Christ Clothes Our Nakedness

The reason that I chose to title this post this way is namely because it’s not fully mine.  It belongs to writer and Christian comedian Jonathan Acuff, author of “Stuff Christians Like,” which is a hilarious and surprisingly convicting book that pokes fun at Christians and some of the things we do.

It’s a collection of essays Acuff has written and posted on his blog,  This particular essay, titled “Thinking You’re Naked,” doesn’t employ much humor.  In fact, as of page 192, it’s the most serious essay in the book.

I’ll post all of it, with all the credit for the writing going to Jonathan Acuff:

“I don’t want to brag, but I’m pretty awesome at applying Band-Aids.  And make no mistake, there is an art.  Because if you go too quickly and unpeel the the wrong way, they stick to themselves and you end up with a wadded-up useless mess instead of the Little Mermaid-festooned bandage your daughter so desperately wants to apply to a boo-boo that may in fact be 100 percent fictional.

Half of the injuries I treat at the Acuff house are invisible or simply wounds of sympathy.  My oldest daughter, L.E., will scrape her knee and my three-year-old, McRae, realizing the Band-Aid box is open will say, ‘Yo Dad, I’d like to get in on that too.  What do you say we put one on, I don’t know, my ankle.  Yeah, my ankle, let’s pretend that’s hurt.’

But sometimes the cuts are real, like the day my five-year-old got a scrape on her face playing in the front yard.  I rushed into the house and returned with a princess bandage.  As I bent down to apply it to her forehead, her eyes filled up with tears and she shrank back from me.

‘What’s wrong?’ I asked.

‘I don’t want to wear that Band-Aid,’ she replied.

‘Why? You have a cut, you need a Band-Aid,’ I said.

‘I’ll look silly,’ she answered.

Other than her sister and her mom, there was no one else in the yard.  None of her friends were over, cars were not streaming past our house and watching us play, the world was pretty empty at that moment.  But for the first time I can remember, she felt shame.  She had discovered shame.  Somewhere, somehow, this little five-year-old had learned to be afraid of looking silly.  If I were smarter, if I had been better prepared for the transition from toddler to little girl, I might have asked her this:

‘Who told you that you were silly?’

I didn’t though.  That question didn’t bloom in my head until much later, and I didn’t understand it until I saw God ask a similar question in Genesis 3:11.  To me, this is one of the saddest and most profoundly beautiful verses in the entire Bible.  Adam and Eve have fallen.  The apple is a core.  The snake has spoken.  The dream appears crushed.  As they hide from God under clothes they’ve hastily sewn together, he appears and asks them a simple question:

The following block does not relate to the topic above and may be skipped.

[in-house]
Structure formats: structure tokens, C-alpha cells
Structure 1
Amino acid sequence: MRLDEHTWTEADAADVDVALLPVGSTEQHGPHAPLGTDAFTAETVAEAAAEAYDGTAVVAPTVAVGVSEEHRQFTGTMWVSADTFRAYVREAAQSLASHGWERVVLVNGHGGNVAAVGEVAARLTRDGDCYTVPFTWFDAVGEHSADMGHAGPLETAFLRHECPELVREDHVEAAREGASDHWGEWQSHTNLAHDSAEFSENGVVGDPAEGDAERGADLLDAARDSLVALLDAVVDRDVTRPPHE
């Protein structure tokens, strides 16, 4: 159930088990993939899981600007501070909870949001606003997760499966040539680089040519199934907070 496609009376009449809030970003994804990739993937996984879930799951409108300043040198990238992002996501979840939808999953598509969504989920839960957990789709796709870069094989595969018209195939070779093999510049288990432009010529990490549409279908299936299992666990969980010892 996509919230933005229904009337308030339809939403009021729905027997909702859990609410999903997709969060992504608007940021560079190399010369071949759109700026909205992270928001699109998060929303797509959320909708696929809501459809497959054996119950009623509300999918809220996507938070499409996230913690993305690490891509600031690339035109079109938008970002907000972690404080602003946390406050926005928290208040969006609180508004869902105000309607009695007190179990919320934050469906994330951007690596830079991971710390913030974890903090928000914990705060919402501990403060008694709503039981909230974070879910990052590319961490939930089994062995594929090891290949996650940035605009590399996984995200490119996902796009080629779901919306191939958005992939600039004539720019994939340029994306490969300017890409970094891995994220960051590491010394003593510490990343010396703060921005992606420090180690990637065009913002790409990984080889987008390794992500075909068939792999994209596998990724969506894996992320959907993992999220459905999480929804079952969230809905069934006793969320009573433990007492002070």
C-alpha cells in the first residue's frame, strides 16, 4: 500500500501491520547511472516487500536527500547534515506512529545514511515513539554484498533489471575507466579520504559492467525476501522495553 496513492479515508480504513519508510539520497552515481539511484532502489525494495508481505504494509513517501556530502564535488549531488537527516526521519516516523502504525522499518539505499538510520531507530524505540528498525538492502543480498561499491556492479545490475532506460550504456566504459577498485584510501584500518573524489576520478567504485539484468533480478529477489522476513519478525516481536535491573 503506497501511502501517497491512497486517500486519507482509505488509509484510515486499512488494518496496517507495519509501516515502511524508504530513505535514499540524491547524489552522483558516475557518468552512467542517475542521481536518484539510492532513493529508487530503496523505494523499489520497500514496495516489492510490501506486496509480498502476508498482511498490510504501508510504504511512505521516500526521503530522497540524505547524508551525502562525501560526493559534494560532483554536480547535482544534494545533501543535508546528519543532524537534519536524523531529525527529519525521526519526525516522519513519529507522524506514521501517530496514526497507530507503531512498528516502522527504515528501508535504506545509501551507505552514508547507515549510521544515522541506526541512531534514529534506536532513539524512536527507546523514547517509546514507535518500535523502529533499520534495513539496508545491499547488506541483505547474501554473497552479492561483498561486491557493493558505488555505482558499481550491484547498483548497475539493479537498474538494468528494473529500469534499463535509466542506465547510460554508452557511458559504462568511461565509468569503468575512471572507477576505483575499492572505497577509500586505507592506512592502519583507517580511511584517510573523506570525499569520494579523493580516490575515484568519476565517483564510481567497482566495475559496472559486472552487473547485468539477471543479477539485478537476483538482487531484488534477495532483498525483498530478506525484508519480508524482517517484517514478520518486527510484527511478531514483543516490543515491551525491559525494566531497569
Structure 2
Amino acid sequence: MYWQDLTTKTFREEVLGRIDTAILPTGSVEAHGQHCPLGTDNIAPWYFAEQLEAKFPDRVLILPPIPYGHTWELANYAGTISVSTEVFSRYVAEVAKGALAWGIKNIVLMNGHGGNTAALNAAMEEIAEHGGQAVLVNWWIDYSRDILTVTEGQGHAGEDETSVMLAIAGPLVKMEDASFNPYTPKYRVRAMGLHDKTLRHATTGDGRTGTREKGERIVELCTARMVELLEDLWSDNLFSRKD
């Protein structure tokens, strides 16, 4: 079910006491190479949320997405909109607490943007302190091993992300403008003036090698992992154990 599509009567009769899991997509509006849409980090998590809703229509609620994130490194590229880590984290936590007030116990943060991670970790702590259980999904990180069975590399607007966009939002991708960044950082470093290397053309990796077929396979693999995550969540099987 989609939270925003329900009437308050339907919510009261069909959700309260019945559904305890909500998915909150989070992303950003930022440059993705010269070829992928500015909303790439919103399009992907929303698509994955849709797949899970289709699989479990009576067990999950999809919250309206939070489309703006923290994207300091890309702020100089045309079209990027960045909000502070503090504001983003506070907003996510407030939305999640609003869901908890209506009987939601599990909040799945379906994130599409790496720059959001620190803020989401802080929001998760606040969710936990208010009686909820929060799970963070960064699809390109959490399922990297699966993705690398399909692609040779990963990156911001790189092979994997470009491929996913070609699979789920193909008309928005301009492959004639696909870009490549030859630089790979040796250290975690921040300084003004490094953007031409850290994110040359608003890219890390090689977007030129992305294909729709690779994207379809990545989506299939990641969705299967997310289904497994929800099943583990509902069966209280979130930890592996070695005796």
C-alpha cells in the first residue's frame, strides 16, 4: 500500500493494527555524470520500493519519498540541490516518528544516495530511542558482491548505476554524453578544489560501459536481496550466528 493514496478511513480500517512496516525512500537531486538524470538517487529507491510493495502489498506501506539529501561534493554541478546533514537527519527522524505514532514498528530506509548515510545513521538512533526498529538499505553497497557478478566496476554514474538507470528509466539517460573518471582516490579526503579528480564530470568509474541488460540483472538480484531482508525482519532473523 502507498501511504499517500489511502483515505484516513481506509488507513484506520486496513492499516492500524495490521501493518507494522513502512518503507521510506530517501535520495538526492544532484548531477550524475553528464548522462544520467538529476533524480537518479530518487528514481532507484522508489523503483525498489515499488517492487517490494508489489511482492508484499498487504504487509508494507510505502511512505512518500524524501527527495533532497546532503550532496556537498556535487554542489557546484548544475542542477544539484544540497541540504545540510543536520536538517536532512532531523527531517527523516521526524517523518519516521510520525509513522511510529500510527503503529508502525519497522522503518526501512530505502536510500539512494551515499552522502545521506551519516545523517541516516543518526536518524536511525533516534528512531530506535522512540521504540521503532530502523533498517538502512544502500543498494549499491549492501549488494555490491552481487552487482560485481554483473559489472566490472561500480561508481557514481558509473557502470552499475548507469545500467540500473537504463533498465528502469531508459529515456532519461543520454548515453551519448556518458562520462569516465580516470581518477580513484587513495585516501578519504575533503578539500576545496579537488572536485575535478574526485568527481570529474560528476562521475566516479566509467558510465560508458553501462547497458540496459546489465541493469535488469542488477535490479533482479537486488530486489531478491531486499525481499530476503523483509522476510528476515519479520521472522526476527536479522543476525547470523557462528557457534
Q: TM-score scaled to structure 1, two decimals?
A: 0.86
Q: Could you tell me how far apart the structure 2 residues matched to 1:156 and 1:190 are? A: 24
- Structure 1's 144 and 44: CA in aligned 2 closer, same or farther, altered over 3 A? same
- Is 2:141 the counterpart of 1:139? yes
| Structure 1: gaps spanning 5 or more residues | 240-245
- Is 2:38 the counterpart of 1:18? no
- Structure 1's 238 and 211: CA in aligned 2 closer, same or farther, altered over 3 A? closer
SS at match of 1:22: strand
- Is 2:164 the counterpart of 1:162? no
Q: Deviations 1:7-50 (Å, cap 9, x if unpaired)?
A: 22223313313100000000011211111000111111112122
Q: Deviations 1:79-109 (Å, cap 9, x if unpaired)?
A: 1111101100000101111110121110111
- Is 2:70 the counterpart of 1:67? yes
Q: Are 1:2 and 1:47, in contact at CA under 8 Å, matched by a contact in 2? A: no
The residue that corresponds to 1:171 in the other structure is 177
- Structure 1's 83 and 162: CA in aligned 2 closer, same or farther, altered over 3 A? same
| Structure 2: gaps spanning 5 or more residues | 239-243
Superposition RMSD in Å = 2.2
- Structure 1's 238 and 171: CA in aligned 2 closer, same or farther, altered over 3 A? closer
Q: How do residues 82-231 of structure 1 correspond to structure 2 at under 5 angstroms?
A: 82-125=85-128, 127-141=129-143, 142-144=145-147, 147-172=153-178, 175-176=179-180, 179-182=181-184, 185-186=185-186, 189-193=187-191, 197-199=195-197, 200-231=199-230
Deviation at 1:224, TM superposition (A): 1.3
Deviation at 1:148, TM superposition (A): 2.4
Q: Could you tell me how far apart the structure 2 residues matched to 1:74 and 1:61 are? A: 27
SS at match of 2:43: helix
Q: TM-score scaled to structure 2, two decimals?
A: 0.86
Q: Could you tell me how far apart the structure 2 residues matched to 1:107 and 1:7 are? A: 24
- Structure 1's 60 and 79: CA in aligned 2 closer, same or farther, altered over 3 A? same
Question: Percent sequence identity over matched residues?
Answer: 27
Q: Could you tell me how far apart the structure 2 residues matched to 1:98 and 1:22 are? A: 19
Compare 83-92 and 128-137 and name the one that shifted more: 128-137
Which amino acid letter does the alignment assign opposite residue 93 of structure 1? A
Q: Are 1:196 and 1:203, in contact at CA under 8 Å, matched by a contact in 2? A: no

‘Who told you that you were naked?’

There is hurt in God’s voice as he asks this question, but there is also a deep sadness, the sense of a father holding a daughter that has, for the first time ever, wrapped herself in shame.

Who told you that you were not enough? Who told you that I didn’t love you? Who told you that there was something outside of me you needed? Who told you that you were ugly? Who told you that your dream was foolish? Who told you that you would never have a child? Who told you that you would never be a father? Who told you that you weren’t a good mother? Who told you that without a job you aren’t worth anything? Who told you that you’ll never know love again? Who told you that this was all there is?

Who told you that you were naked?

I don’t know when you discovered shame.  I don’t know when you discovered that there were people who might think you are silly or dumb or not a good writer or a husband or a friend.  I don’t know what lies you’ve been told by other people or maybe even by yourself.

But in response to what you are hearing from everyone else, God is still asking the same question, ‘Who told you that you were naked?’

And he’s still asking us that question because we are not.

In Christ we are not worthless.  In Christ we are not hopeless.  In Christ we are not dumb or ugly or forgotten.  In Christ we are not naked.

In Isaiah 61:10 it says, ‘For he has clothed me with garments of salvation and arrayed me in a robe of righteousness.’

The world may try to tell you a thousand different things today.  You might close this book and hear a million declarations of what you are or who you’ll always be, but know this.

As unbelievable as it sounds and as much as I never expected to type this sentence in a book:

You are not naked.”

I’ll ask the question Acuff does: When did you feel shame?  Disappointment?  Hurt?

Maybe you still are.  Do you find yourself wondering why life is even here?  I know for me, that sense of disappointment came at an early age, when I would do something wrong and feel like a failure, before, primarily, my mother and my grandparents.

And now, these days, it comes when I fall flat on my face before God, brought there by sin and pain.  It comes when I fail to live up to others expectations of me, and the expectations I have for myself.  I have a bad habit (I have a lot of those, I know…working on it) of putting too much pressure on myself.  And too often, I embarrass myself.

But those moments where I realize I have nothing, where I realize I’m embarrassed, and I’ve failed, that’s when I look up and see that God is reaching for my hand, to pull me up once again.  He’s done that over…and over…and over…and over, and over.  I’ve lost count.  But God has never let me go.  In the days where the pain seems so unbearable, God is there, telling me to lay it all on Him, because He can bear it.  He’s been there.